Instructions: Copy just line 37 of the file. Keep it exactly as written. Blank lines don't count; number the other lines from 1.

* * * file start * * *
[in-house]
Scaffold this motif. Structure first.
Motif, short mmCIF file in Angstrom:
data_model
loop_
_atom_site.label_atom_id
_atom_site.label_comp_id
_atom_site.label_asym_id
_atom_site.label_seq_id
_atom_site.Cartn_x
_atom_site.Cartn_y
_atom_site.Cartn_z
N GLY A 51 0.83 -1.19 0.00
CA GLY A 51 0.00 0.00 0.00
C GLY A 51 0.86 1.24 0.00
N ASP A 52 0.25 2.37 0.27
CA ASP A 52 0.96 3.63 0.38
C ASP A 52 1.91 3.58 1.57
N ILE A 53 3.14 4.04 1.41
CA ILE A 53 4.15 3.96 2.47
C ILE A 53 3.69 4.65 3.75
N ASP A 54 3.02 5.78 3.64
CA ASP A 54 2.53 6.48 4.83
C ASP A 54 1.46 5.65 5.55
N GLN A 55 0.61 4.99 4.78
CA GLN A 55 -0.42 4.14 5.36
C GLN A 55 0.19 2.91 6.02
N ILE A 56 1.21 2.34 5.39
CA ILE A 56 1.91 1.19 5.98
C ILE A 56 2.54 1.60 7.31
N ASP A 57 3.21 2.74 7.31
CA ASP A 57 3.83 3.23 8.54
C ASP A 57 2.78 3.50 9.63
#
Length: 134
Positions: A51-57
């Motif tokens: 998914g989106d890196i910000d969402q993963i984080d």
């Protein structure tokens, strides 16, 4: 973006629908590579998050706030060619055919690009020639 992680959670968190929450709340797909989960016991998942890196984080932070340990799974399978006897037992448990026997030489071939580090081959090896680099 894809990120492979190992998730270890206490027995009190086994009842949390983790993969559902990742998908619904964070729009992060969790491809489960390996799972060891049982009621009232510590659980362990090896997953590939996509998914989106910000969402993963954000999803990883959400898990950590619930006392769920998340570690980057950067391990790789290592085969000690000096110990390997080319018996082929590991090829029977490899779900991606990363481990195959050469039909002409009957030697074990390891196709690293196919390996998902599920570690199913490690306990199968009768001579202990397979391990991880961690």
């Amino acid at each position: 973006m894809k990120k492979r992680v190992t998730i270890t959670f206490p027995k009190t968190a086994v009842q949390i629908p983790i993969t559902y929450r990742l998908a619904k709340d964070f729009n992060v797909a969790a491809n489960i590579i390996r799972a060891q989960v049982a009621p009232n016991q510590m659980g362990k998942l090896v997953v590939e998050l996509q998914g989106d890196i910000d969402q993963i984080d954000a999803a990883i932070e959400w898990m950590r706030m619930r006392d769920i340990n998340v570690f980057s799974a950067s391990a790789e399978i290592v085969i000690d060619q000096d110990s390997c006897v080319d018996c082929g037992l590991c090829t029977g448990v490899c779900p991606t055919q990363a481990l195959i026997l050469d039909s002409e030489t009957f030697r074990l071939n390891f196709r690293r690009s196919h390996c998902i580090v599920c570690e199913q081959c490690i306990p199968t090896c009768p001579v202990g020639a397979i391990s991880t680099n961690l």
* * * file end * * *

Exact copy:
């Motif tokens: 998914g989106d890196i910000d969402q993963i984080d």